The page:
Ananda Mohan Chakrabarty (Bengali: আনন্দমোহন চক্রবর্তী Ānandamōhan Cakrabartī), Ph.D. is an Indian American microbiologist, scientist, and researcher, most notable for his work in directed evolution and his role in developing a genetically engineered organism using plasmid transfer while working at GE, the patent for which led to landmark Supreme Court case, Diamond v. Chakrabarty.
1 Early life
2 Scientific work
3 Current work
4 Academic career
Ananda (generally called "Al" by scientific colleagues) Chakrabarty was born in Sainthia on 4 April 1938. He attended Sainthia High School, Ramakrishna Mission Vidyamandira and St. Xavier's College, Calcutta—in that order—during the course of his undergraduate education. Prof. Chakrabarty received his Ph.D. from the University of Calcutta in Kolkata, West Bengal in 1965.
Prof. Chakrabarty genetically engineered a new species of Pseudomonas bacteria ("the oil-eating bacteria") in 1971 while working for the Research & Development Center at General Electric Company in Schenectady, New York.
At the time, four known species of oil-metabolizing bacteria were known to exist, but when introduced into an oil spill, they competed with each other, limiting the amount of crude oil that they degraded. The genes necessary to degrade oil were carried on plasmids, which could be transferred among species. By irradiating the transformed organism with UV light after plasmid transfer, Prof. Chakrabarty discovered a method for genetic cross-linking that fixed all four plasmid genes in place and produced a new, stable, bacterial species (now called Pseudomonas putida) capable of consuming oil one or two orders of magnitude faster than the previous four strains of oil-eating microbes. The new microbe, which Chakrabarty called "multiplasmid hydrocarbon-degrading Pseudomonas," could digest about two-thirds of the hydrocarbons that would be found in a typical oil spill.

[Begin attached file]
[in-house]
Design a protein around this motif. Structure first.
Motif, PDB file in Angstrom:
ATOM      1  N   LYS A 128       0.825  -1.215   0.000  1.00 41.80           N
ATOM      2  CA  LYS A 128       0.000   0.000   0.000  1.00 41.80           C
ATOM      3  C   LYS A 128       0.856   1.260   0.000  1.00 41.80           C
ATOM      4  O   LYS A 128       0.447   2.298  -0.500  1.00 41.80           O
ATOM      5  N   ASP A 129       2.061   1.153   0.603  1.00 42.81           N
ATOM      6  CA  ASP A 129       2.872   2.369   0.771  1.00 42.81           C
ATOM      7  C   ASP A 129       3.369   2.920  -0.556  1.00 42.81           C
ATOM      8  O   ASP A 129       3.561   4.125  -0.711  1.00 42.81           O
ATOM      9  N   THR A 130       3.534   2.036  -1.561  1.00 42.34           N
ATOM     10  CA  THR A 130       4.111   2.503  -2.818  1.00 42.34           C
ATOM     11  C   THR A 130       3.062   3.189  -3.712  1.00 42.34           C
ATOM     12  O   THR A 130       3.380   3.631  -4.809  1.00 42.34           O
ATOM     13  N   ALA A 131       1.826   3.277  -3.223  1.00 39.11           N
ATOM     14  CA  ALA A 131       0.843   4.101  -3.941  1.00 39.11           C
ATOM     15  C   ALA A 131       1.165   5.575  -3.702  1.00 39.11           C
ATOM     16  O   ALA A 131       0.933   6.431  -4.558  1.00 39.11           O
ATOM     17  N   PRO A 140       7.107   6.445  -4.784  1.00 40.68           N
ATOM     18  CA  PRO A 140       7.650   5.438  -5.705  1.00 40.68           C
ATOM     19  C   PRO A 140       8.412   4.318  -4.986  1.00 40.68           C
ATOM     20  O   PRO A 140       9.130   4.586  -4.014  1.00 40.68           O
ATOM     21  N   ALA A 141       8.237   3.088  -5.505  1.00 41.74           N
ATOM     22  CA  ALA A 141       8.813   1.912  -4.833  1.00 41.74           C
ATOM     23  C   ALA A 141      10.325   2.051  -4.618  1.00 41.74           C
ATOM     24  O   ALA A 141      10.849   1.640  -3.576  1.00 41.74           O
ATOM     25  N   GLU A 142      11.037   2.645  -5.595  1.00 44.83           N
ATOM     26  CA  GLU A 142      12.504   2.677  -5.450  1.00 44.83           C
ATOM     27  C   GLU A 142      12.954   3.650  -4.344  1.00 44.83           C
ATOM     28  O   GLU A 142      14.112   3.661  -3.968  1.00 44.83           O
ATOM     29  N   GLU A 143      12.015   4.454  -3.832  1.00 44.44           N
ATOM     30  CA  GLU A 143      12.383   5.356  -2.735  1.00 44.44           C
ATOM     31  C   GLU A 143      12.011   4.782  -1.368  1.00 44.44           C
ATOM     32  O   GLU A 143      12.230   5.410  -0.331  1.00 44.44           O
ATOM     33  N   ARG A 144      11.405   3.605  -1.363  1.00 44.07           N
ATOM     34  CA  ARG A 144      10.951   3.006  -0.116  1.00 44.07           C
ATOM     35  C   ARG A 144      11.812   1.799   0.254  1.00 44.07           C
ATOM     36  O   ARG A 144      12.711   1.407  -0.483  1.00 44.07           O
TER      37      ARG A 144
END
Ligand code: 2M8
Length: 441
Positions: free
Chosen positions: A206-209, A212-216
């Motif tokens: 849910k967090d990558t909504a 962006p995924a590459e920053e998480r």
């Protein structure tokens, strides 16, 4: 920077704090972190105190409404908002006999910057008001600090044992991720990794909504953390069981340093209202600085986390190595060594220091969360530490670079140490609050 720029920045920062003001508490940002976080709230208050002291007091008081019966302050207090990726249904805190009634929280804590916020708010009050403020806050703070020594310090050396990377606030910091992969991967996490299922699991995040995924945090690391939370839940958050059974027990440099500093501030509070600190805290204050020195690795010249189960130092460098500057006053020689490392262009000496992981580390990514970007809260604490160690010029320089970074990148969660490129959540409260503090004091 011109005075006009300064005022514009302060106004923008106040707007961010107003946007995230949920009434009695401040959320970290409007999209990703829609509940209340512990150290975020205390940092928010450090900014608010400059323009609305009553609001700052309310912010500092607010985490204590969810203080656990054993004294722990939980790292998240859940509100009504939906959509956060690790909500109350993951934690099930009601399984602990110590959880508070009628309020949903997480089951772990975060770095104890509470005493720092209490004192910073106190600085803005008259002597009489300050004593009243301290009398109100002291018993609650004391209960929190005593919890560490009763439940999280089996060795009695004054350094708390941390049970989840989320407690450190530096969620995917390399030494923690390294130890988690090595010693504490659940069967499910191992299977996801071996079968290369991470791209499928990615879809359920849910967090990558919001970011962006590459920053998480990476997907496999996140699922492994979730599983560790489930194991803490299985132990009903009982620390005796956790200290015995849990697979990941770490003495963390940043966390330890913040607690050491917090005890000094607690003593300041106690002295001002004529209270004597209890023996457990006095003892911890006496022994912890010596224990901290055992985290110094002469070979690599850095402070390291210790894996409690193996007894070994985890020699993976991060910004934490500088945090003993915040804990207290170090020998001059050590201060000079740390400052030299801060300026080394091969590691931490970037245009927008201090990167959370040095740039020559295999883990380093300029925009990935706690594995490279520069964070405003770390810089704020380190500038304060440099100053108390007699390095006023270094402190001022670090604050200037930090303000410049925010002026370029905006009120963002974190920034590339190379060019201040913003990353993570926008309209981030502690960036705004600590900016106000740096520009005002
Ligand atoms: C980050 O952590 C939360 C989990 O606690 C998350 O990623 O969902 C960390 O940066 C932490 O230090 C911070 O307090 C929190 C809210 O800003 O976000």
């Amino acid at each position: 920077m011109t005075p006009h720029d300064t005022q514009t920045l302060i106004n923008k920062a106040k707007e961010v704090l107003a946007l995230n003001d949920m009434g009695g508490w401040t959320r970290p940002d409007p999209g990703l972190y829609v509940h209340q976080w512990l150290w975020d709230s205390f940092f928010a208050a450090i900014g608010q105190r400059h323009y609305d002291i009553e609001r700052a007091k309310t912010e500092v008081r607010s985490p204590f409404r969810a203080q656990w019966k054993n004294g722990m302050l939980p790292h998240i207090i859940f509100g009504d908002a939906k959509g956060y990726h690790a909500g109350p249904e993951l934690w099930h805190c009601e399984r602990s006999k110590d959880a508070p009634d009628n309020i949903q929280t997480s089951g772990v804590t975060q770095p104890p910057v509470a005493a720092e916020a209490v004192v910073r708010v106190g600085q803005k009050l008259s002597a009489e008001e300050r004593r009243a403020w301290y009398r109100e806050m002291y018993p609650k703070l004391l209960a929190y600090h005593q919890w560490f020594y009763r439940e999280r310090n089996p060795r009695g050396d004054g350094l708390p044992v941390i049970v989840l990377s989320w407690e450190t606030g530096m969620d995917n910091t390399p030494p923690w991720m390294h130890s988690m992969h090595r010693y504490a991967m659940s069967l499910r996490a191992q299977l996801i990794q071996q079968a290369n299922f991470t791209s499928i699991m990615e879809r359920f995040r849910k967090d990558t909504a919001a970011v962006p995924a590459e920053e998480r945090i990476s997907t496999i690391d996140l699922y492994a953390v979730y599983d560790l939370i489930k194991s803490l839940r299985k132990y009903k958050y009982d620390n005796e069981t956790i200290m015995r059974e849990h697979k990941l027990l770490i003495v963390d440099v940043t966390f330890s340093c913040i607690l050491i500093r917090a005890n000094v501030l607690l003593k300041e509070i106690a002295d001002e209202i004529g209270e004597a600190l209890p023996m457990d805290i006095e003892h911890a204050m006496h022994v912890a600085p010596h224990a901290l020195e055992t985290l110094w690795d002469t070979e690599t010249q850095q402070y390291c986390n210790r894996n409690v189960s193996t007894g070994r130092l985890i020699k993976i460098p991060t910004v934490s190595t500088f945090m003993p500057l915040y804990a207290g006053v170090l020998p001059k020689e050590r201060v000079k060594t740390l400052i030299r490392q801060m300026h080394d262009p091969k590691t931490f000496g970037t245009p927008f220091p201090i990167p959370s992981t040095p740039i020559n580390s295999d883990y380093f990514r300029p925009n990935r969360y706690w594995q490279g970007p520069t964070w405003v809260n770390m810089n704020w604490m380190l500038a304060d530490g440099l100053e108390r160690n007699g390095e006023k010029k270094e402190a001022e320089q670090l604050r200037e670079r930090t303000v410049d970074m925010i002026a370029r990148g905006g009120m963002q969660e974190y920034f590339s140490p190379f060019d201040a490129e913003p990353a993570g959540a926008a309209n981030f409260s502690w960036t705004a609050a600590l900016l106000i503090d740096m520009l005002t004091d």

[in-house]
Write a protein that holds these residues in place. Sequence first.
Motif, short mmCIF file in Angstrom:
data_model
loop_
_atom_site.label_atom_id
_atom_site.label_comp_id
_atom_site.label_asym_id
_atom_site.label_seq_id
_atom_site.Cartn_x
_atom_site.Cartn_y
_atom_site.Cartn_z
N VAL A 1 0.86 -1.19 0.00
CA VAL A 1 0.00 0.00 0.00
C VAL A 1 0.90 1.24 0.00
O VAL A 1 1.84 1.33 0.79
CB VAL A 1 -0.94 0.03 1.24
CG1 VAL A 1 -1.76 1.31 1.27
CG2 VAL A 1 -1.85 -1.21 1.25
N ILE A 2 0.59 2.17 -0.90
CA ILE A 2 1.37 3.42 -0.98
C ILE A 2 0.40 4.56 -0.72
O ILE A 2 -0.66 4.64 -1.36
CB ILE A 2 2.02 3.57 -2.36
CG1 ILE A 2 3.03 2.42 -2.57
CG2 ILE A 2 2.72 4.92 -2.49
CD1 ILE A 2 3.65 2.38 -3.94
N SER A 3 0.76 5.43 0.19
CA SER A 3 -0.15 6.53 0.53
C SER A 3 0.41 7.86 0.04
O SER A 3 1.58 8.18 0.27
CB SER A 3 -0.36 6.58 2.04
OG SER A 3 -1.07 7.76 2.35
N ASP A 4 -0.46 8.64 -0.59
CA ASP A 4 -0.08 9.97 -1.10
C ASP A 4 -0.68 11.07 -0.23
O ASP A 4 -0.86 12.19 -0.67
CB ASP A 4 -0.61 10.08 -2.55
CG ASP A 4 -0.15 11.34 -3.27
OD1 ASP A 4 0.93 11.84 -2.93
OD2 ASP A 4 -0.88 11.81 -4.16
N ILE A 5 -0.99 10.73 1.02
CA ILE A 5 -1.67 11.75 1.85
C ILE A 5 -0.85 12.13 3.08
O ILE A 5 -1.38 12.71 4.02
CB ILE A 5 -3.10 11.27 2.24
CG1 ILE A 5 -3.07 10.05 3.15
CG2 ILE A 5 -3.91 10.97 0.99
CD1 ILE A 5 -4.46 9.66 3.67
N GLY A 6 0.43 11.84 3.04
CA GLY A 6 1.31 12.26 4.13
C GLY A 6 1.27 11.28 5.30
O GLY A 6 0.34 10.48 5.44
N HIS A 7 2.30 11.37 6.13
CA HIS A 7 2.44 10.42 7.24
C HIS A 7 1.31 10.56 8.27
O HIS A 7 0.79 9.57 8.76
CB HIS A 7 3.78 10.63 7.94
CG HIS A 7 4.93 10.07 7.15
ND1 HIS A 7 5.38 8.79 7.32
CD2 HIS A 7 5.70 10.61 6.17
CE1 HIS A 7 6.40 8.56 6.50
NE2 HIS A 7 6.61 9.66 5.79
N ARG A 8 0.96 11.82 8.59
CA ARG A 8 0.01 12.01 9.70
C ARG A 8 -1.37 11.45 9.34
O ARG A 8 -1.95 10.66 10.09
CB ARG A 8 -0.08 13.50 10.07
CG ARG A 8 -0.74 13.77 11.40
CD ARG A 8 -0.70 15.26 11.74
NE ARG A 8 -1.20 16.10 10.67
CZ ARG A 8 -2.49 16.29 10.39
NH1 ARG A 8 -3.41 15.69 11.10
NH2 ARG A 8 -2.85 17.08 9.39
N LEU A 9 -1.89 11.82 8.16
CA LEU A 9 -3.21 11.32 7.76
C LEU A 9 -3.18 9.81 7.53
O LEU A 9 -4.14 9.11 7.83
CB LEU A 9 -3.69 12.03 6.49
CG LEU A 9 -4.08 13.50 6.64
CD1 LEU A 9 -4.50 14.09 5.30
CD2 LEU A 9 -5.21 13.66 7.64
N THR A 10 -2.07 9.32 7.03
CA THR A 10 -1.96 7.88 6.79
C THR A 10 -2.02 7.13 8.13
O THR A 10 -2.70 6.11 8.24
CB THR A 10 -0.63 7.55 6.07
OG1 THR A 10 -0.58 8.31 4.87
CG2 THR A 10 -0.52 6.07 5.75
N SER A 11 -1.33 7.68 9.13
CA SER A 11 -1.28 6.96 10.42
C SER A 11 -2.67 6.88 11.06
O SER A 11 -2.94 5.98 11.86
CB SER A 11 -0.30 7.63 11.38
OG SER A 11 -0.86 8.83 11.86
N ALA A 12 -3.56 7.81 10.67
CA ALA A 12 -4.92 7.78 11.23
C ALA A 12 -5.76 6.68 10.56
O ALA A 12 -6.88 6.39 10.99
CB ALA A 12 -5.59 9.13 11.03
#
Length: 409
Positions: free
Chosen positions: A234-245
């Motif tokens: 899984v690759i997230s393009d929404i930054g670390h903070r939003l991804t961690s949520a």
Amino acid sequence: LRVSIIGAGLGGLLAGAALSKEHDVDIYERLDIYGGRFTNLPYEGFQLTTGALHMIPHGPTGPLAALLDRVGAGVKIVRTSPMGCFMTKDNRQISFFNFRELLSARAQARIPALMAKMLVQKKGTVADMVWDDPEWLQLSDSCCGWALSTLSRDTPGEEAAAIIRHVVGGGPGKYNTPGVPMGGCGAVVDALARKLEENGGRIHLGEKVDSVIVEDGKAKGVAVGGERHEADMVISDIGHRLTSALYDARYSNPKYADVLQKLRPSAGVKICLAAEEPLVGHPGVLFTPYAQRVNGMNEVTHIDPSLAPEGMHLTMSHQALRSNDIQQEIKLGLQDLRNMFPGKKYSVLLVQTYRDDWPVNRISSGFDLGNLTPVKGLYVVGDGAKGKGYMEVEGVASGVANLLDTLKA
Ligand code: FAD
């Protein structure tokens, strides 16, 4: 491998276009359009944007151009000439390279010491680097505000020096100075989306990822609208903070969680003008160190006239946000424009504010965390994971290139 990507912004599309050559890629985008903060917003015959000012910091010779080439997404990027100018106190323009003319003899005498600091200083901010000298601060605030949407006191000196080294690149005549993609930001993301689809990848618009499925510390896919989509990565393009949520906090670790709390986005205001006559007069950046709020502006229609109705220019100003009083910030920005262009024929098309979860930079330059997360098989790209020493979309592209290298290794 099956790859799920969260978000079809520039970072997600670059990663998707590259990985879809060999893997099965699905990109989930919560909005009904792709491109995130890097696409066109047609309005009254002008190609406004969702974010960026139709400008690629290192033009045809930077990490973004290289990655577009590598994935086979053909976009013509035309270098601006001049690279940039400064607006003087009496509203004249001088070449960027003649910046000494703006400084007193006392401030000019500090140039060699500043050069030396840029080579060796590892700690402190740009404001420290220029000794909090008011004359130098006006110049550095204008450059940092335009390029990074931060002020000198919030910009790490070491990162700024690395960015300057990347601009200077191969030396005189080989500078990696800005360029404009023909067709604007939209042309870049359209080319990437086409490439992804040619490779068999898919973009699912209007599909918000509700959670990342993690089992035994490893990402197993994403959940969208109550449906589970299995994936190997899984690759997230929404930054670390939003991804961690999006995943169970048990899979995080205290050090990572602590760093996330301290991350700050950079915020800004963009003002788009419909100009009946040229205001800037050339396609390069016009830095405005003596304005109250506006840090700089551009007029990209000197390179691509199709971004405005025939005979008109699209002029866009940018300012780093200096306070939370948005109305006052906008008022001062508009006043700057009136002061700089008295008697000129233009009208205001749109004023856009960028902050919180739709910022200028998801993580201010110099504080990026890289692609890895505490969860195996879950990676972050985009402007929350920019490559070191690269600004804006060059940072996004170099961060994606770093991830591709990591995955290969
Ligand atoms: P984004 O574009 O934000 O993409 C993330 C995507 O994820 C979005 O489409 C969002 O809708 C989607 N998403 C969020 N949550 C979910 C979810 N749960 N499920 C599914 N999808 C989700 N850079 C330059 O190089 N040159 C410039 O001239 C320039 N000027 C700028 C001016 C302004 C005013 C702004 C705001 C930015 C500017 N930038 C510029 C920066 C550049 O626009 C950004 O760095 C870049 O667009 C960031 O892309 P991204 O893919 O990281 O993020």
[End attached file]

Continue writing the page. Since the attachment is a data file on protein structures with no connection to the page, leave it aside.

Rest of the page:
The bacteria drew international attention when he applied for a patent—the first U.S. patent for a genetically modified organism. (U.S. utility patents had been granted to living organisms before, including two pure bacterial cultures, patented by Louis Pasteur. Chakrabarty's modified bacterium was granted a patent in the U.K. before the U.S. patent came through.) He was initially denied the patent by the Patent Office because the patent code was thought to preclude patents on living organisms. The United States Court of Customs and Patent Appeals overturned the decision in Chakrabarty's favor, writing:
Sidney A. Diamond, Commissioner of Patents and Trademarks, then appealed to the Supreme Court. The Supreme Court case was argued on 17 March 1980 and decided on 16 June 1980. This patent was granted by the U.S. Supreme Court (Diamond v. Chakrabarty), in a 5-4 decision, when it determined:
A live, human-made micro-organism is patentable subject matter under 101. Respondent's micro-organism constitutes a "manufacture" or "composition of matter" within that statute.